But after trekking to a rebel base in the far-flung Jebel Marra mountains in early March, The New Humanitarian found the conflict is far from over: The region’s most powerful insurgent group is still recruiting and training fighters, and its leaders are rejecting the deal and denouncing the government that co-signed it.

“We are very clear,” said Abdelgadir Abdelrahman Ibrahim, the military commander of the main faction of the Sudan Liberation Army, known as the SLA-AW. “This agreement does not meet the needs of our people.”

Arriving alongside a group of new recruits during a three-day round trip to the SLA-AW’s base at Torontonga – a village of stone houses tucked within sun-dried hills – The New Humanitarian became one of only a handful of international media outlets to access the remote rebel-held region in the past decade.

Rebels offered rare insights into the mindset of the insurgent group as it navigates Sudan’s political transition with deep distrust, but also a snapshot of the ongoing humanitarian crisis facing hundreds of thousands of mountain residents, who have endured some of the worst atrocities committed in the Darfur conflict.

Many residents still bore the scars of government airstrikes, gas attacks, and scorched-earth village raids by Khartoum-armed Arab militias deployed in the early 2000s to fight largely non-Arab rebel groups including the SLA-AW, which is led by Abdul Wahid al-Nur and is supported mostly by the Fur community.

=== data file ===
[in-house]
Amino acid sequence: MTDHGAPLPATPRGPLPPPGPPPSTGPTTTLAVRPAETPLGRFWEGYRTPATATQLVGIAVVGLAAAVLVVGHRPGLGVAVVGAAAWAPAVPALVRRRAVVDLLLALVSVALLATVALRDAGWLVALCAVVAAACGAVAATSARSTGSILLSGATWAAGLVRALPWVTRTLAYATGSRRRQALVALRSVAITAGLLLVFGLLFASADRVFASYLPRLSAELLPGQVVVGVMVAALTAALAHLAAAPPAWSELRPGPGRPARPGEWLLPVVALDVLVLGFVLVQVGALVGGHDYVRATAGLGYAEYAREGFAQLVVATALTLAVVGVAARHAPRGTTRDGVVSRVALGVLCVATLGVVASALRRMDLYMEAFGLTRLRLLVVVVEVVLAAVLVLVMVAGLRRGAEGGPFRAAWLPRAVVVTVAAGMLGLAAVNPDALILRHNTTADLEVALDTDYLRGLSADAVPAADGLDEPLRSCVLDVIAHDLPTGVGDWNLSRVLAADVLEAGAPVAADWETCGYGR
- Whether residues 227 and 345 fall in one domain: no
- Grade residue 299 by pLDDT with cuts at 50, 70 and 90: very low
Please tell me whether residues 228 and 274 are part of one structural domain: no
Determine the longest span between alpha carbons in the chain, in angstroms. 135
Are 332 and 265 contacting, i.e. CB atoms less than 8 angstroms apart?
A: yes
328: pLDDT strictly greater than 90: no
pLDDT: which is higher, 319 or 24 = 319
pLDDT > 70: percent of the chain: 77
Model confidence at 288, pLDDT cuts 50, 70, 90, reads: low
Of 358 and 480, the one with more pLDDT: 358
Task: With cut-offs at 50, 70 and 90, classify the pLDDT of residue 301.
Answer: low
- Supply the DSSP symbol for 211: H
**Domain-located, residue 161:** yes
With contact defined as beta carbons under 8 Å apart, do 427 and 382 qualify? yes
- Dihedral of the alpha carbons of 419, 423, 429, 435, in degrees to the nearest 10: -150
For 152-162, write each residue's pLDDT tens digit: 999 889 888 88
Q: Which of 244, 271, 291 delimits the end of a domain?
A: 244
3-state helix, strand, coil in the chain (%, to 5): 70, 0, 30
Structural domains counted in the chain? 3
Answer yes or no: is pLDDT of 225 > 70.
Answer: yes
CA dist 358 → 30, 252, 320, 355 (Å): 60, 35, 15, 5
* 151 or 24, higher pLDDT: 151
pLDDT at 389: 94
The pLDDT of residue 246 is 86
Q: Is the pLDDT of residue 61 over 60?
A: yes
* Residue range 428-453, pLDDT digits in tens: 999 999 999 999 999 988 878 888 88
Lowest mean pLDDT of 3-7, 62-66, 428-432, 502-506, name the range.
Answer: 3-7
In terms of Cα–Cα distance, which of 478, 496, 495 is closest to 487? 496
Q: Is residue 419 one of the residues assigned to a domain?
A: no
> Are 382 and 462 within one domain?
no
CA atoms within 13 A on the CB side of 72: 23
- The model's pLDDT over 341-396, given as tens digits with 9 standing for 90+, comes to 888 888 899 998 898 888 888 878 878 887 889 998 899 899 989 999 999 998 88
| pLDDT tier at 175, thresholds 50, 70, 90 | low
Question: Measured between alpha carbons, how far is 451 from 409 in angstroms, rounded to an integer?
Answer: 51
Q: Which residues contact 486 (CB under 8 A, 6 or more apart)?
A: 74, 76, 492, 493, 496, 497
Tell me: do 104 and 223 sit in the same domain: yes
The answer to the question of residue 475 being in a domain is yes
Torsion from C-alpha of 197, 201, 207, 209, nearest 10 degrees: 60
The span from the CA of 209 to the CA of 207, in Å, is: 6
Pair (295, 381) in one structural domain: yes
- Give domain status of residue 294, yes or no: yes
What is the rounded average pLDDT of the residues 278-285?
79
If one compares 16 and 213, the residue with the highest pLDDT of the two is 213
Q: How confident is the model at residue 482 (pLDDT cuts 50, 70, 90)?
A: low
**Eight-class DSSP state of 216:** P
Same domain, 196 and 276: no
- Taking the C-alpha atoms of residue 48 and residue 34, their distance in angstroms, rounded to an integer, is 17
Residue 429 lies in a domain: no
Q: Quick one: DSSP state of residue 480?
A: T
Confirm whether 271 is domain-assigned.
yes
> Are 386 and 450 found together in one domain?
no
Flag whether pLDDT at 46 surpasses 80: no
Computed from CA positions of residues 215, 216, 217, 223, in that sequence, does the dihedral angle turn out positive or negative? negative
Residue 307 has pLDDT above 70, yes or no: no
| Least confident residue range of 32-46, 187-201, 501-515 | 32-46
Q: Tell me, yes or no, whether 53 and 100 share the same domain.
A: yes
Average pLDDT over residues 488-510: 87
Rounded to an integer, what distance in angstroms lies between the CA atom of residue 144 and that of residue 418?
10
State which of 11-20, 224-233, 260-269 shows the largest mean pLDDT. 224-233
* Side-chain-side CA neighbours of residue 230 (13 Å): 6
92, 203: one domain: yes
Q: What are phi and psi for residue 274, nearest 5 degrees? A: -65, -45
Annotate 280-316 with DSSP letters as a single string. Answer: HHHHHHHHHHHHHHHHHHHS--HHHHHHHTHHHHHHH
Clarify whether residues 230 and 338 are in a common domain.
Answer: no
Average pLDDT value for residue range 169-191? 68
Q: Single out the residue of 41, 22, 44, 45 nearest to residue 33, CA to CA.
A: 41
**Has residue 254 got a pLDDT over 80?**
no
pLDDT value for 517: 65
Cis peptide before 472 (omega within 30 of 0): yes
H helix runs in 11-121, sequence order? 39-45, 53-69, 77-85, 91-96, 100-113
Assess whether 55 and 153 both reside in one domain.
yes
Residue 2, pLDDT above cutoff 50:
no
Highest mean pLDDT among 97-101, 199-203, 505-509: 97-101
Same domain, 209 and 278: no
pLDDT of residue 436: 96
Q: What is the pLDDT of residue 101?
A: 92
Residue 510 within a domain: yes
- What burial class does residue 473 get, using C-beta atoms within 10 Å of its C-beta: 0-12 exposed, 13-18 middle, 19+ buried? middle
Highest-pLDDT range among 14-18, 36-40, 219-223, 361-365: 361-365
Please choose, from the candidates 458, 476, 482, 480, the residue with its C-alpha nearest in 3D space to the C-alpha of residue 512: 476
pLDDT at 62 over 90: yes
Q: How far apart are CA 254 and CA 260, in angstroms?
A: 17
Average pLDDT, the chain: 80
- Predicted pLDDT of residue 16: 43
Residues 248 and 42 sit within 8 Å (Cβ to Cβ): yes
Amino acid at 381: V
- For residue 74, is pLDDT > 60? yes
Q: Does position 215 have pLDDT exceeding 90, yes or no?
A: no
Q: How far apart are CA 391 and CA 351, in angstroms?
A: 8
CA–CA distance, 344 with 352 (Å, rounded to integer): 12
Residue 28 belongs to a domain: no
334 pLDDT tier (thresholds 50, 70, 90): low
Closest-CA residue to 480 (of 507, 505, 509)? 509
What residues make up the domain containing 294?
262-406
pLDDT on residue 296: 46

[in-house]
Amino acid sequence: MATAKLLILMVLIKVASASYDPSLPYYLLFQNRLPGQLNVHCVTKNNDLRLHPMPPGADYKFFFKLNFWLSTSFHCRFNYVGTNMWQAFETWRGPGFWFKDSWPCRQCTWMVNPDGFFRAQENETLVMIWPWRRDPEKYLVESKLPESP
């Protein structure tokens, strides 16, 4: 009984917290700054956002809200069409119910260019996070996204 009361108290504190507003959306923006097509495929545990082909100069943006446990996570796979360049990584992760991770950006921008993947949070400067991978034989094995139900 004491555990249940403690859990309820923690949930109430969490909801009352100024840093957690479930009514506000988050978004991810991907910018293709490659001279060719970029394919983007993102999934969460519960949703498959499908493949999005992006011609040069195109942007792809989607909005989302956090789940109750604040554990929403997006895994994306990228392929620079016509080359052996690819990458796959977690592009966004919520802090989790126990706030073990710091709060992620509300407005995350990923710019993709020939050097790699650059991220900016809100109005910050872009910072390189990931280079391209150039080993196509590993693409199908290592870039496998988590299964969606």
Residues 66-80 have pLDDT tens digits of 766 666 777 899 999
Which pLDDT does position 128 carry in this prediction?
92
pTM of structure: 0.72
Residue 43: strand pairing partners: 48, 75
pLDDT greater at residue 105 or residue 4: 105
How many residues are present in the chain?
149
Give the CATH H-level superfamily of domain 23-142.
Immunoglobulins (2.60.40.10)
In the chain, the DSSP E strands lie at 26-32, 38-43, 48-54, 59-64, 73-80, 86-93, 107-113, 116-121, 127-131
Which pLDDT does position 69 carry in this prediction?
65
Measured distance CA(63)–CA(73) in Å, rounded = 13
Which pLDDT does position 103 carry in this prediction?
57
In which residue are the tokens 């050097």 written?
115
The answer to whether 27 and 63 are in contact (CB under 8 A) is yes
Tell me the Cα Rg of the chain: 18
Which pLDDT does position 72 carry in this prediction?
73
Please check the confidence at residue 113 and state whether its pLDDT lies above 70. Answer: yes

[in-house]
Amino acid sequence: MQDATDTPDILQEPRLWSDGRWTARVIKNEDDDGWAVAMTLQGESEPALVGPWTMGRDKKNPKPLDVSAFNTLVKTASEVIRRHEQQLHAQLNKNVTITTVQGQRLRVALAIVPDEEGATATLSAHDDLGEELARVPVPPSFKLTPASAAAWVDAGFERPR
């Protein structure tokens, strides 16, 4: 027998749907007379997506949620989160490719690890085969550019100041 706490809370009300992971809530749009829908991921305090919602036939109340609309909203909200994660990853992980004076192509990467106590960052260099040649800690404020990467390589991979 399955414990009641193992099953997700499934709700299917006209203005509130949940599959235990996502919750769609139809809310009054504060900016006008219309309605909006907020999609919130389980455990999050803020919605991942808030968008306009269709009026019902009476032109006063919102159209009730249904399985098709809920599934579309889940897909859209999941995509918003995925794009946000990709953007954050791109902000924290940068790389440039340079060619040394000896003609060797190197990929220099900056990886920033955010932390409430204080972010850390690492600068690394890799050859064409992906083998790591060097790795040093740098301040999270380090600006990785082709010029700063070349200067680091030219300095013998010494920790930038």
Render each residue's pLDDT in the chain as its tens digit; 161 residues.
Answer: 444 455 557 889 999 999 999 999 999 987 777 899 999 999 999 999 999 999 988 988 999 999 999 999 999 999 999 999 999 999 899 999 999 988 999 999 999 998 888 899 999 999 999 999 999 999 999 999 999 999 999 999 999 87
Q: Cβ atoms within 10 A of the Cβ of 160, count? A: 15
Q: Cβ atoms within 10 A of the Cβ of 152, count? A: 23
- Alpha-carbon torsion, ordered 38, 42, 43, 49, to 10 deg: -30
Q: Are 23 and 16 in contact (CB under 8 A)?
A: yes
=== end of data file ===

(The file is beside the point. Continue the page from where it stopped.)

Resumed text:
Though a ceasefire with the government is now in place, violence has continued in the mountains, with thousands fleeing attacks by Arab militias as well as clashes between rival SLA-AW factions in recent weeks alone. Residents say the December withdrawal of an UN-African Union peacekeeping mission has made a fragile situation worse.

Boyish-looking rebels stand guard outside the office of the SLA-AW commander, Gaddura. “We will keep doing our military activities,” Gaddura told The New Humanitarian in a rare interview in March. “We are still trying to achieve the objectives that we took up arms for.” (Philip Kleinfeld/TNH)

Even in relatively peaceful parts of Jebel Marra, humanitarian needs are high following an aid blockade enforced by al-Bashir’s regime during past military operations. Aid organisations are now increasing their support to mountain communities, but some residents told The New Humanitarian they have not received assistance in more than a decade.

“In 2003 and 2004 [aid groups] used to visit us frequently,” said 65-year-old Yahia Khamis, the chief of Faluja, a conflict-affected village in eastern Jebel Marra. “But now there are none.”

‘If there is a war we are ready’

The Sudan Liberation Army emerged in 2001 as a mix of Darfur’s main non-Arab groups – the Fur, Zaghawa, and Masalit. They were united in their opposition to Khartoum’s neglectful elites, but personal rivalries and competing visions soon caused splits.

While some factions of the group – and other rebel outfits – lost ground over the years, the SLA-AW stayed ensconced in the hills of Jebel Marra – the ancestral homeland of the Fur, the largest ethnic group in Darfur.